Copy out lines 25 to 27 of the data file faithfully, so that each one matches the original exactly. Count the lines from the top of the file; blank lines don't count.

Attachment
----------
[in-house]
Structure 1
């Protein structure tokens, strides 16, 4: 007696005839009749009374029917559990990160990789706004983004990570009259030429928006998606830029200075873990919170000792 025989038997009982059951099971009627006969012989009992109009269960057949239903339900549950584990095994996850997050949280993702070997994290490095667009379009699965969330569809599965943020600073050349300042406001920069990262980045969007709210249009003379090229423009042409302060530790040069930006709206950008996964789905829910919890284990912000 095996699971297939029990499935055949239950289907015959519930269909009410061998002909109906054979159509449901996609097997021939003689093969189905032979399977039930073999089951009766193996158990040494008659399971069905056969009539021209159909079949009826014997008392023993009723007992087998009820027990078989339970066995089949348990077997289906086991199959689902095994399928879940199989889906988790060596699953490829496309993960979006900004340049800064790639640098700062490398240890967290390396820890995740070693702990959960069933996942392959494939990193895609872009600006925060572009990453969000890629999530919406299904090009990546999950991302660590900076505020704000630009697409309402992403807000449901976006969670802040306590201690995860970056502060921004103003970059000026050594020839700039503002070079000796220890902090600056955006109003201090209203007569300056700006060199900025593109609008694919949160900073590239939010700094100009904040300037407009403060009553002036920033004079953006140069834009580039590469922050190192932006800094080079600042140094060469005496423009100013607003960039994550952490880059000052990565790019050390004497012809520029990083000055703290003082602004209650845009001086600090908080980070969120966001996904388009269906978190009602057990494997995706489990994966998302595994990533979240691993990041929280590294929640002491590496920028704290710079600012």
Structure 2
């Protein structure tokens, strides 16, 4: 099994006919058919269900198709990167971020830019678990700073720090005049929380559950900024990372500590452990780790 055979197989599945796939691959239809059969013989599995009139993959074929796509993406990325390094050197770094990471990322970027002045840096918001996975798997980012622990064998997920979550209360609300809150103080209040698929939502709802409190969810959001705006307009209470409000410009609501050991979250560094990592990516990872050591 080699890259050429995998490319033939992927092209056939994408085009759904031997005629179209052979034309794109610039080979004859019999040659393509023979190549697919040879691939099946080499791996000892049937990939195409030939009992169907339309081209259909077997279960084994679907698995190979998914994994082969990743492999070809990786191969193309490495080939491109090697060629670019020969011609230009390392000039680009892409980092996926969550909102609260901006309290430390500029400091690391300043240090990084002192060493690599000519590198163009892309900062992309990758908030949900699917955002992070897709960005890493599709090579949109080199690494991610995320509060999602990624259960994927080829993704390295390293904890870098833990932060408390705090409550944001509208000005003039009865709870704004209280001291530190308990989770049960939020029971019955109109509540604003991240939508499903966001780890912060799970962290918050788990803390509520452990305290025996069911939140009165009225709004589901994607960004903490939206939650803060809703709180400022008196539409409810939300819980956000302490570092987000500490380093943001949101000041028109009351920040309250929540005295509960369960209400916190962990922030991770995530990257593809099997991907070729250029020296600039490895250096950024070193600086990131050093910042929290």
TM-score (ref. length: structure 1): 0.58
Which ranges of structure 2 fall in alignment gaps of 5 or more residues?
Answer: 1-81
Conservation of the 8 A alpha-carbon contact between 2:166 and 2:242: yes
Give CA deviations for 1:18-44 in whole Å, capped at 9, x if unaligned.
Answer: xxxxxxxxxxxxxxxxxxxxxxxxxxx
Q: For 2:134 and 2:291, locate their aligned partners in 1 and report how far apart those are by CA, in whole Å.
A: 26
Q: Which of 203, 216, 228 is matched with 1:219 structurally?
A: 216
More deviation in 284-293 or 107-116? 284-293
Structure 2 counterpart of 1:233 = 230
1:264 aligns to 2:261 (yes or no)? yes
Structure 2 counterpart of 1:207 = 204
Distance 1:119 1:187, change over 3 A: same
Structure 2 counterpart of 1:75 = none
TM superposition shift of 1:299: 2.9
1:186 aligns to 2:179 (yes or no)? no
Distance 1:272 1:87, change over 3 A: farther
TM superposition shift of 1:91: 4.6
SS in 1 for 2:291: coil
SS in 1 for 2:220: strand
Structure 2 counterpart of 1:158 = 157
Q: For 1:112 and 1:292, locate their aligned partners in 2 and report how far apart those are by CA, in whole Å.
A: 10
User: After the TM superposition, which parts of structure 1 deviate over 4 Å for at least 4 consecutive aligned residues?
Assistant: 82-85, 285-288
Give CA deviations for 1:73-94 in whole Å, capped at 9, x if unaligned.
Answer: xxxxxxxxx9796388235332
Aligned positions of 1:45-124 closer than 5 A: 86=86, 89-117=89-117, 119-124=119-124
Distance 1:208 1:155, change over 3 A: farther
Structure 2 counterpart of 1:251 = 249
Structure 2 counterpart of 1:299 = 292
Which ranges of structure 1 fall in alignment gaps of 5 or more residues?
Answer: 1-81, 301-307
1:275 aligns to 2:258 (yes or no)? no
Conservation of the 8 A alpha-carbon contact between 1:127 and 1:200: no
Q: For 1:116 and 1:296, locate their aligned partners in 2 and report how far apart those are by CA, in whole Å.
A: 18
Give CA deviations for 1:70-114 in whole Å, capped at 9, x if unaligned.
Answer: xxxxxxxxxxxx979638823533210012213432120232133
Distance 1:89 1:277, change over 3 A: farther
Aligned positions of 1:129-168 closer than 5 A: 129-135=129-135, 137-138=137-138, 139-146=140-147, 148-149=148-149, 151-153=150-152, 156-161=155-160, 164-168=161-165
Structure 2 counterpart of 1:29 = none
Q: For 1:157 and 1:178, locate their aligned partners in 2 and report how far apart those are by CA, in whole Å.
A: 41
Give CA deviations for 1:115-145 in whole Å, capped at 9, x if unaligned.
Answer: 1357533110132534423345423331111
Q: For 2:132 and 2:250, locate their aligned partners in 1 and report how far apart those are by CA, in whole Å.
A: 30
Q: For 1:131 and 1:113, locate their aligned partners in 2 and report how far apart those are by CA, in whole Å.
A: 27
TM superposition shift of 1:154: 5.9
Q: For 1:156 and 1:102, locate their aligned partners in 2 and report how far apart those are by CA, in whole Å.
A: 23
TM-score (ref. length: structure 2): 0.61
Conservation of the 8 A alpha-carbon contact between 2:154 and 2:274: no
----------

TM superposition shift of 1:91: 4.6
SS in 1 for 2:291: coil
SS in 1 for 2:220: strand